wm-small-en.jpg (3239 bytes) Diseases In the Middle Ages

The crowded and unhygienic living conditions offered a good possibility for diseases to spread. Rushes, boils, stomach troubles, fever and deficiency diseases were part of people's everyday life. Years of dearth, wars and cold winters increased the distruction of epidemics. Big epidemics decreased trading in Europe and could even make entire cities desolate.

Among the most feared diseases were smallpox, dysentery, measles, leprocy, typhus and especially the plague. In the end of the Middle Ages also spotted fever and syphilis started to spread. For medieval man the fear of death was increased by the fact that the causes of the diseases were unknown; the illnesses were often thought to be caused by spirits, demons or the devil. Horror scenes of death and disease are reflected in medieval art.

The cure of diseases

Medieval medicine was based on the antique doctrines about the cold, humid and warm nature. The four vital humours - mucus, blood, black and yellow bile - also had to be in balance. There was no big development in medicine in the Middle Ages because autopsies which were crucial for the knowledge of anatomy, were forbidden. An ancient doctrine of analogy was applied. According to this doctrine, heart-shaped leaves were good when treating heart diseases, and kidney-shaped leaves worked on kidney diseases. Flowers that resembled eyes helped when treating eye diseases and a red drug stopped bleeding.

The association between dirt and diseases was unknown in the Middle Ages, so hygiene was not paid much attention to. Epidemics were noticed to spread from man to man, so a quarantine system was used to attempt to prevent big epidemics in Europe. Hospitals were founded especially for the cure of the lepers.

Who took care of the sick?

There were doctors in Europe only in the biggest towns. The illnesses of ordinary people were taken care of by popular healers, barbers, monks and priests, many of which were known as skilled woundbinders, splinters and connoisseurs of medical herbs. Monasteries had an exact knowledge of medicinal plants and large herb gardens. It was the duty of the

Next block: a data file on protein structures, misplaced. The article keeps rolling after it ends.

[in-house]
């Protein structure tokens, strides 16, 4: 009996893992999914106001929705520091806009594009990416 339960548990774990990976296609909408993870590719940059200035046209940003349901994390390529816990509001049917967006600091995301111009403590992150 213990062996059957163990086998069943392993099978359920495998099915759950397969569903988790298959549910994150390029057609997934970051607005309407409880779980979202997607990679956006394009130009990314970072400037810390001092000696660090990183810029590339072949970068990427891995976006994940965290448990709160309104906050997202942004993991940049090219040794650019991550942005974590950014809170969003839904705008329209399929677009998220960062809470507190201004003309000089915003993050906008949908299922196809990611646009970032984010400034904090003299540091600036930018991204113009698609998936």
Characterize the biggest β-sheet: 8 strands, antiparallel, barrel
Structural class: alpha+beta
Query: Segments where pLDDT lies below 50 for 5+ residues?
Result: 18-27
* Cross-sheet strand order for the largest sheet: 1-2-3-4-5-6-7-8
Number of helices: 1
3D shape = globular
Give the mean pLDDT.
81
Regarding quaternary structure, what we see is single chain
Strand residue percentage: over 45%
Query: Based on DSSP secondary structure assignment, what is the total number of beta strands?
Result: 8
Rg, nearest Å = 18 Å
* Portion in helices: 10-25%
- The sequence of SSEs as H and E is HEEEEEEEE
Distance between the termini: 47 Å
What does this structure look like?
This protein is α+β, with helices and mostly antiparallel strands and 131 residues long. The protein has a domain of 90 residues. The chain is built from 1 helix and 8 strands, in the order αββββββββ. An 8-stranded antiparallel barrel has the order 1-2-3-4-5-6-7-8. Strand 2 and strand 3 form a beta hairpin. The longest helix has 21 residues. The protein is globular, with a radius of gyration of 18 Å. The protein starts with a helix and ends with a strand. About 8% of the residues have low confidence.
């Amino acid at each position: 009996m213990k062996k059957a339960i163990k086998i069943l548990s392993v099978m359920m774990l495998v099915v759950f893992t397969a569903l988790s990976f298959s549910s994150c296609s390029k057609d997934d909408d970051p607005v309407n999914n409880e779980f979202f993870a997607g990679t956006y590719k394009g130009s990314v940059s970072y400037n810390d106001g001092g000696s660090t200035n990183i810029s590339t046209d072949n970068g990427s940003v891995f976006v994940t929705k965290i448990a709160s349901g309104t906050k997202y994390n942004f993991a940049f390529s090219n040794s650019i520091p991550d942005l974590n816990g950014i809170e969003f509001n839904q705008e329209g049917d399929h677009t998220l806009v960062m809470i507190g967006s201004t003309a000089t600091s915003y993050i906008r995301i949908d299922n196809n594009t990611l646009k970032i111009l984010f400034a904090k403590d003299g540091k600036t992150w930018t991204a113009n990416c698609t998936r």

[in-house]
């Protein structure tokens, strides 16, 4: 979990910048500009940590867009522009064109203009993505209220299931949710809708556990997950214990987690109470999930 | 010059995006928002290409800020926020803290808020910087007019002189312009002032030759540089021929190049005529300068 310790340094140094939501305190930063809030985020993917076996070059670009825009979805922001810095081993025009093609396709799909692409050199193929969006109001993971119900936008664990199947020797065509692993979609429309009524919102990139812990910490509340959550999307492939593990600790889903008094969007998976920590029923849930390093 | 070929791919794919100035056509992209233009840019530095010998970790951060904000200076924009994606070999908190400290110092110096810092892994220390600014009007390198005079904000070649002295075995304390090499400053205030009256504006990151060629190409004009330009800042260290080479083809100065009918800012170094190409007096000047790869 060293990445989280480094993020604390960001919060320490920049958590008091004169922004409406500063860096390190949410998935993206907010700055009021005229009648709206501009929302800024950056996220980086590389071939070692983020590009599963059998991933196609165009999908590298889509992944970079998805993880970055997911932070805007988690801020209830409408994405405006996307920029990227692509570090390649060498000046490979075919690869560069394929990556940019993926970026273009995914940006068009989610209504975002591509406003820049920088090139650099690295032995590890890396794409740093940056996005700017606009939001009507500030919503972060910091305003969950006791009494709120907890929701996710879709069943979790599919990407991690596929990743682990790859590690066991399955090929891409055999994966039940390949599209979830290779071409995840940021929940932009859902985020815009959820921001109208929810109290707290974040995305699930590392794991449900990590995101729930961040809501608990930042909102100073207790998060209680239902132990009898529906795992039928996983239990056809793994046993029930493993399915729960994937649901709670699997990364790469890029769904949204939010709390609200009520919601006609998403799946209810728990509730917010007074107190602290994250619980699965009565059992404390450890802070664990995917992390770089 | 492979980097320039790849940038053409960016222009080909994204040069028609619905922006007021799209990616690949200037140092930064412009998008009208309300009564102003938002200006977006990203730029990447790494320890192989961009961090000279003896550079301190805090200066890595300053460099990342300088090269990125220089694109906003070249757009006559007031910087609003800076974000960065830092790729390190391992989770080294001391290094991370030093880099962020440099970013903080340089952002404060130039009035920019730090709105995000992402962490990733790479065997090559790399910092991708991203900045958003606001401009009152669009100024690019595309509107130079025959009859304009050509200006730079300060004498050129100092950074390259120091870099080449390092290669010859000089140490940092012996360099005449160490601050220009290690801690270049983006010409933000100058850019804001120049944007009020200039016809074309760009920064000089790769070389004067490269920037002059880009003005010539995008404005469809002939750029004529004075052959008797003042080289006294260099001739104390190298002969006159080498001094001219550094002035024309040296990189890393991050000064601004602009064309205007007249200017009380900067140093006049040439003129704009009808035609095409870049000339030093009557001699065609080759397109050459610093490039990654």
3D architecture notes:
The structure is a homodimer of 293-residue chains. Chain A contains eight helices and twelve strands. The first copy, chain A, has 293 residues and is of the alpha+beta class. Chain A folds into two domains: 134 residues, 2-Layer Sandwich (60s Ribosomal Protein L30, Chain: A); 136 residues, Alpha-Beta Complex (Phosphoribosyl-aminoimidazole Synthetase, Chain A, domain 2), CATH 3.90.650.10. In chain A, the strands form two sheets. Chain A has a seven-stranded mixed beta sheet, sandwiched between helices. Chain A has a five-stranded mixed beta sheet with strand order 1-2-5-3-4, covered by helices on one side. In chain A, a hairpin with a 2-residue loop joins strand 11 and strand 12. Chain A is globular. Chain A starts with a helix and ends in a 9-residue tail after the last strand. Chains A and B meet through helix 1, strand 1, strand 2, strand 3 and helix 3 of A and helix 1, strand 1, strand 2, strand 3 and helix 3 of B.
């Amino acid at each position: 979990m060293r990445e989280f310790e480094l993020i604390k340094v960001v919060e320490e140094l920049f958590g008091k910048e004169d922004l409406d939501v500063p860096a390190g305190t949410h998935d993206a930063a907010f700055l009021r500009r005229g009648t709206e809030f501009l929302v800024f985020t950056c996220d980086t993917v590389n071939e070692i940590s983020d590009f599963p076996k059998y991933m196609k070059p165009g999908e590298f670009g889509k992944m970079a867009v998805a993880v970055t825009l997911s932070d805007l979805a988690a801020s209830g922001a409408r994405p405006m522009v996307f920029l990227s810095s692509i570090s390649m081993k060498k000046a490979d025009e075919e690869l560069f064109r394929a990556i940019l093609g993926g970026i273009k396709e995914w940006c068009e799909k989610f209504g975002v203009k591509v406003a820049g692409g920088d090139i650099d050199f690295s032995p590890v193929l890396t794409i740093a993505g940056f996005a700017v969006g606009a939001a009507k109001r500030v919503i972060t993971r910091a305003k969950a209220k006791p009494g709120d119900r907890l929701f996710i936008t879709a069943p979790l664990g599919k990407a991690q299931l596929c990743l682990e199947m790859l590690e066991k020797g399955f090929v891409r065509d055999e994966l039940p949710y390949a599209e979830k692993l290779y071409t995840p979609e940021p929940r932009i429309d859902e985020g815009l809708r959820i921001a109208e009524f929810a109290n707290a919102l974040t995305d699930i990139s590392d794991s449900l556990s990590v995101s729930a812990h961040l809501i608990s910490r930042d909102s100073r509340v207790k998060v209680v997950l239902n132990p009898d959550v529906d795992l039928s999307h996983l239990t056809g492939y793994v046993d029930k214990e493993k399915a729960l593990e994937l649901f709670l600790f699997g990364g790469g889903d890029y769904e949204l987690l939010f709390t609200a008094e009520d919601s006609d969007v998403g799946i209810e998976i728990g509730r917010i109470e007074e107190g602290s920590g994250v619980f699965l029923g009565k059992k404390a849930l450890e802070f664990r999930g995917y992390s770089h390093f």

mistress of the house to take care of the family members' health by preparing medicine from the herbs she had collected and binding wounds.

Leprosy

Leprosy caused wound formation and organ withering and it was a feared disease which afflicted especially poor people living in crowded conditions. The cause of the disease (Mycobacterium leprae- bacterium) was not known, and there was no cure. The time of germination of leprosy was very long, most commonly 6-10 years.The disease was communicated by a close touch of long duration. Nasal secretion contained causes of the disease and clothes polluted by mucus as well as other commonly used objects were also infectious. Since leprosy, however, spread slowly, infections were prevented quite efficiently by closing patients into hospitals. Therefore, the disease diminished essentially all over Europe at the end of the Middle Ages.

Plague

Plague came to Europe from Asia in the middle of the 14th century killing at least one third of the population during the first epidemic. Thereafter, plague was a regular visitor in Europe. The suppurate boils, bleedings and hallucinations of the patients stroke horror into people's hearts. The most usual version was bubonic plague which caused dark boil-like spots. Therefore, people started to call the disease by the name Black Death. About half of those who caught this disease, died. Pneumonic plague was a version that spread as a drop infection especially during the cold winters of the North. It brought a quick and certain death.

Plague was transmitted to man from a microbe called Yersinia pestis. It lived in a flea which lived as a parasite in rodents. The disease spread mainly from the black rat, but also from humans. A plant called the plague root (Petasites hybridus) was used as a cure for plague. Its roots were boiled in wine and eaten, and its leaves were wrapped around the infected skin. When hung above the door of a house, it was believed to protect the inhabitants from plague.

AuthorMInna Hautio
AV&AN